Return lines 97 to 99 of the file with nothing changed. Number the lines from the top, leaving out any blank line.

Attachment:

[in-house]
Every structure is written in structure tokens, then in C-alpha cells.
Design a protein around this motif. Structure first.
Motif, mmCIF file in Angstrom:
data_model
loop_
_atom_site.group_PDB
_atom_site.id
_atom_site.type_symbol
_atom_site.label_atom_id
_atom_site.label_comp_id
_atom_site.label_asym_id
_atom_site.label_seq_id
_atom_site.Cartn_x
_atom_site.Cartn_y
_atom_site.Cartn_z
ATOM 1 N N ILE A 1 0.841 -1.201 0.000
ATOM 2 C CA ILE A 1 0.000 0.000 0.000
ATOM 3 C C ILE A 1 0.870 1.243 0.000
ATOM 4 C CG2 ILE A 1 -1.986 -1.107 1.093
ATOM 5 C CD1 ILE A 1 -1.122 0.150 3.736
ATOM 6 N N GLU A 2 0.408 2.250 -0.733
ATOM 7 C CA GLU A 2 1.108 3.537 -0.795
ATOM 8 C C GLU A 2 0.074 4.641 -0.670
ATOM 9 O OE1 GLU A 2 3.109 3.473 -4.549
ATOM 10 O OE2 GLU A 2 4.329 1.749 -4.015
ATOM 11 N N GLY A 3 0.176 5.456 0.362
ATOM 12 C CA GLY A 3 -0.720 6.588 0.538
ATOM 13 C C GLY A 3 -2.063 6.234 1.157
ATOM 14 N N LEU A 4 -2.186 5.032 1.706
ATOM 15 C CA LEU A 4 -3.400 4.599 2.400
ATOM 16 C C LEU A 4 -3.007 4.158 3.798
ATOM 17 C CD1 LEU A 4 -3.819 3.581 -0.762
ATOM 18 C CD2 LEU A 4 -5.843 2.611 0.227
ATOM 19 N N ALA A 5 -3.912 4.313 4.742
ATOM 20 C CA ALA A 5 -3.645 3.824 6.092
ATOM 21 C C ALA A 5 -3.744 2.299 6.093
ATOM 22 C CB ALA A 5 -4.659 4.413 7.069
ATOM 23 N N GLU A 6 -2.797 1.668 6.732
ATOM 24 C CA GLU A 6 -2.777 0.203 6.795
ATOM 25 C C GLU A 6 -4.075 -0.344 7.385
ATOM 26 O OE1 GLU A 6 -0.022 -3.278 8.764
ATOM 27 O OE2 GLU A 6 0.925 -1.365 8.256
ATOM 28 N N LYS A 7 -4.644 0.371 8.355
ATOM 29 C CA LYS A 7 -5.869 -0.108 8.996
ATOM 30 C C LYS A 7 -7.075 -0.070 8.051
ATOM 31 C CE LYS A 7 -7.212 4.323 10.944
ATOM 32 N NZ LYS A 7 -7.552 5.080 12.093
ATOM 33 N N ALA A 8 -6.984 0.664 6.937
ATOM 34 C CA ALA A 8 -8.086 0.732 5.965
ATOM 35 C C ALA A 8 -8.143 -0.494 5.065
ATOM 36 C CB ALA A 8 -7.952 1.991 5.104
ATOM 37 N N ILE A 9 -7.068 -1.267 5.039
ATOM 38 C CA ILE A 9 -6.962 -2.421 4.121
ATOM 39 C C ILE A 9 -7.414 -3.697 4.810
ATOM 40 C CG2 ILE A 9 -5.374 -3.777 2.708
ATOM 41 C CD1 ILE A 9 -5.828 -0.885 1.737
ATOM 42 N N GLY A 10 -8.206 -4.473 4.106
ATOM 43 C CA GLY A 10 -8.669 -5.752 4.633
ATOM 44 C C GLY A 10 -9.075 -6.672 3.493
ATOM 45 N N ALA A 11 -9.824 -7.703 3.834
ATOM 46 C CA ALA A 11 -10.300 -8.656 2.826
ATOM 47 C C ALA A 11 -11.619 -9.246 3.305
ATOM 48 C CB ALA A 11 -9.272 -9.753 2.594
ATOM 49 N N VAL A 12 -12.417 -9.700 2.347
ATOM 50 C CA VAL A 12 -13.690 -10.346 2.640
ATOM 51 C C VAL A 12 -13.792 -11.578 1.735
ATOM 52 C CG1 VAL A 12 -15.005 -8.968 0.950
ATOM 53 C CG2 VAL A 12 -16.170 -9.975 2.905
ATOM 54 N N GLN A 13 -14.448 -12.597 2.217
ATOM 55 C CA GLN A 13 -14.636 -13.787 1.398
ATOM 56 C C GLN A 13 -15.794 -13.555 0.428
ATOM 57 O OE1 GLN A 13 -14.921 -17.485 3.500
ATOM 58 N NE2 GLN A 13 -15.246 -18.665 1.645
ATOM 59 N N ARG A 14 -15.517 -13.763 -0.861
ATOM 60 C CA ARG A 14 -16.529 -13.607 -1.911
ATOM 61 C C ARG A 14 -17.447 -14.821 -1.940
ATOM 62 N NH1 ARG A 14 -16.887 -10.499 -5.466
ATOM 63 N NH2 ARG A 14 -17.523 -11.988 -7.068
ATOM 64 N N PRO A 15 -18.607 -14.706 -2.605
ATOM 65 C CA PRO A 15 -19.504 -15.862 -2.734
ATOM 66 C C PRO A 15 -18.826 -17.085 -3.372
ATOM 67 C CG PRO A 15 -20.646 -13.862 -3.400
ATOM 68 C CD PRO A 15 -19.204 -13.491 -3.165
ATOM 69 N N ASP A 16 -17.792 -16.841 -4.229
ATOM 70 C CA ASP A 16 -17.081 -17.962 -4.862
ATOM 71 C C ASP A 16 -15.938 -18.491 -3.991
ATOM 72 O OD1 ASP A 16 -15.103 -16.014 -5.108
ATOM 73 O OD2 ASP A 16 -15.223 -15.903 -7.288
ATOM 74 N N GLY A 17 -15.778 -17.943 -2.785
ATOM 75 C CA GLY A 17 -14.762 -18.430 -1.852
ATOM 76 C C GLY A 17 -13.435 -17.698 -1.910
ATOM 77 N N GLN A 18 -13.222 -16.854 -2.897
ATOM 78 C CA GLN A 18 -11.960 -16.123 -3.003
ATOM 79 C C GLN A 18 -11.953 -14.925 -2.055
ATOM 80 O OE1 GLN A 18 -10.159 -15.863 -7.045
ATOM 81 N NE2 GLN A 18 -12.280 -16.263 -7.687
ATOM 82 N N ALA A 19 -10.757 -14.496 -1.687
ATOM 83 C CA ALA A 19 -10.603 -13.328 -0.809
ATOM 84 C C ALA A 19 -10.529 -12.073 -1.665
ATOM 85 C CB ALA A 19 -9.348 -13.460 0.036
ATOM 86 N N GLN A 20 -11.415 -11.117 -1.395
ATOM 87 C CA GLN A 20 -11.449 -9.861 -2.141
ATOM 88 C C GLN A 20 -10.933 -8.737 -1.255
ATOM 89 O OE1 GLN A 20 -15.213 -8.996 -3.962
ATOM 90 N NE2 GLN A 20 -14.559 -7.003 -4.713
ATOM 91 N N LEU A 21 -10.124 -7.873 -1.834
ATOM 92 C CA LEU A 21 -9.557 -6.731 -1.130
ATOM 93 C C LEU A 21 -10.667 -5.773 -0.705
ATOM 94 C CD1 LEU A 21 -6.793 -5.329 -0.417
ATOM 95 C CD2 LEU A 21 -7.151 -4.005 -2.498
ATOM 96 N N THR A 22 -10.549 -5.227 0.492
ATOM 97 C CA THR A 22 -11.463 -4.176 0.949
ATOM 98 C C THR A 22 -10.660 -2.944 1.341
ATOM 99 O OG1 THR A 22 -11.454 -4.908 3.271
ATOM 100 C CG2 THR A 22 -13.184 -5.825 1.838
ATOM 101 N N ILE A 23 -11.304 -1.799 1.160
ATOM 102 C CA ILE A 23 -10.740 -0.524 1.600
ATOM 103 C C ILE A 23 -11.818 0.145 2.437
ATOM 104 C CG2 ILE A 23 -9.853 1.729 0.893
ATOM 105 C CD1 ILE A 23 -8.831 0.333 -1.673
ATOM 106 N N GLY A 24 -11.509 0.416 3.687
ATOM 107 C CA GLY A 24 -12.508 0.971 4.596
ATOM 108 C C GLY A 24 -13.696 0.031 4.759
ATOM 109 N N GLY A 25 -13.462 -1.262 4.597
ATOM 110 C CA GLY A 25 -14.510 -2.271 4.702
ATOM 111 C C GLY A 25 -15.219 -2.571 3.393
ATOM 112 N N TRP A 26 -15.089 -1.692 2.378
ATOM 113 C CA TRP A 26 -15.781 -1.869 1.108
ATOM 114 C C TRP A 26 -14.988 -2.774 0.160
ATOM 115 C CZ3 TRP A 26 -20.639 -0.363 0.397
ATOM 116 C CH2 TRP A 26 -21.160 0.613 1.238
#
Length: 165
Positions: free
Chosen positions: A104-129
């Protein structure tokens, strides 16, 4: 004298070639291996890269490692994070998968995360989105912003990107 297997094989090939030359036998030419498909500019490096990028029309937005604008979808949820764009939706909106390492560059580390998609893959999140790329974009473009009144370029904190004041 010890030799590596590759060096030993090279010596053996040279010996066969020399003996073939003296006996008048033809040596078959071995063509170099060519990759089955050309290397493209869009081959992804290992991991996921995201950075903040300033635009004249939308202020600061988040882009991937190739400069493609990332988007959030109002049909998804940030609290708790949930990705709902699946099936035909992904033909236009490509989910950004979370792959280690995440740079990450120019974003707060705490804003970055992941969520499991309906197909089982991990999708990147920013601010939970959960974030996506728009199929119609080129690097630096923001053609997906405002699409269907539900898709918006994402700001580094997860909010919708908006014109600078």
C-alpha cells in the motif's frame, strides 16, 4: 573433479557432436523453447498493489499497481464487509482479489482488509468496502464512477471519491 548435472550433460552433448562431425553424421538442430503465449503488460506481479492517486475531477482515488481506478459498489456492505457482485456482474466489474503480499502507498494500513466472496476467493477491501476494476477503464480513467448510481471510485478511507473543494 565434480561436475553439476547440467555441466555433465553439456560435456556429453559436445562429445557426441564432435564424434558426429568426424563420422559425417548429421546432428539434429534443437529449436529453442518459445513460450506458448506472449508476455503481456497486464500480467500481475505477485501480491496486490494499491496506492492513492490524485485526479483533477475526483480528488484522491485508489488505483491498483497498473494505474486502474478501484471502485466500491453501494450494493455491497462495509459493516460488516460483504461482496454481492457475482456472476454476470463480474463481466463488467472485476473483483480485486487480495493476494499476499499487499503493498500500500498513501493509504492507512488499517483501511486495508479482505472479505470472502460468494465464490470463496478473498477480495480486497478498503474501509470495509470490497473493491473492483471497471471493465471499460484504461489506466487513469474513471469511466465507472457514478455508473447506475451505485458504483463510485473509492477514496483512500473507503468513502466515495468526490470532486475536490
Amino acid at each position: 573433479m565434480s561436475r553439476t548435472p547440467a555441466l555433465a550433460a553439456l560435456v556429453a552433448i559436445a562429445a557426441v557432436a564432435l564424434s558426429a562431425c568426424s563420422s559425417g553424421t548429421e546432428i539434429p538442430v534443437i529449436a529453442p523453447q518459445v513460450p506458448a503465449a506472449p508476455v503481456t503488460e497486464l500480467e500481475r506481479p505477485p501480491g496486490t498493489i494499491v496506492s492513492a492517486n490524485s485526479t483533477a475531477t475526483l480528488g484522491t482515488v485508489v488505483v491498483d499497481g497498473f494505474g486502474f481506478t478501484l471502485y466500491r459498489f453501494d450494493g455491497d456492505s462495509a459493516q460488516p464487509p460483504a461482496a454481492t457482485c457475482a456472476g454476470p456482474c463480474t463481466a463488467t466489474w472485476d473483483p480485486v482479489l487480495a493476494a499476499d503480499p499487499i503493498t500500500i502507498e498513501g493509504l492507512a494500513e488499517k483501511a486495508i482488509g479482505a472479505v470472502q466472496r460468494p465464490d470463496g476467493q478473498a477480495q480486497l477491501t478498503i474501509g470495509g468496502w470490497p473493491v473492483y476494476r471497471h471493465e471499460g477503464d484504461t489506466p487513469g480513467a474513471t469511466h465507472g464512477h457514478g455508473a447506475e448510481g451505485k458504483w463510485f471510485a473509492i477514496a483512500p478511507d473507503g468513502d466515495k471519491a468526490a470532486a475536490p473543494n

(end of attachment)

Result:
ATOM 81 N NE2 GLN A 18 -12.280 -16.263 -7.687
ATOM 82 N N ALA A 19 -10.757 -14.496 -1.687
ATOM 83 C CA ALA A 19 -10.603 -13.328 -0.809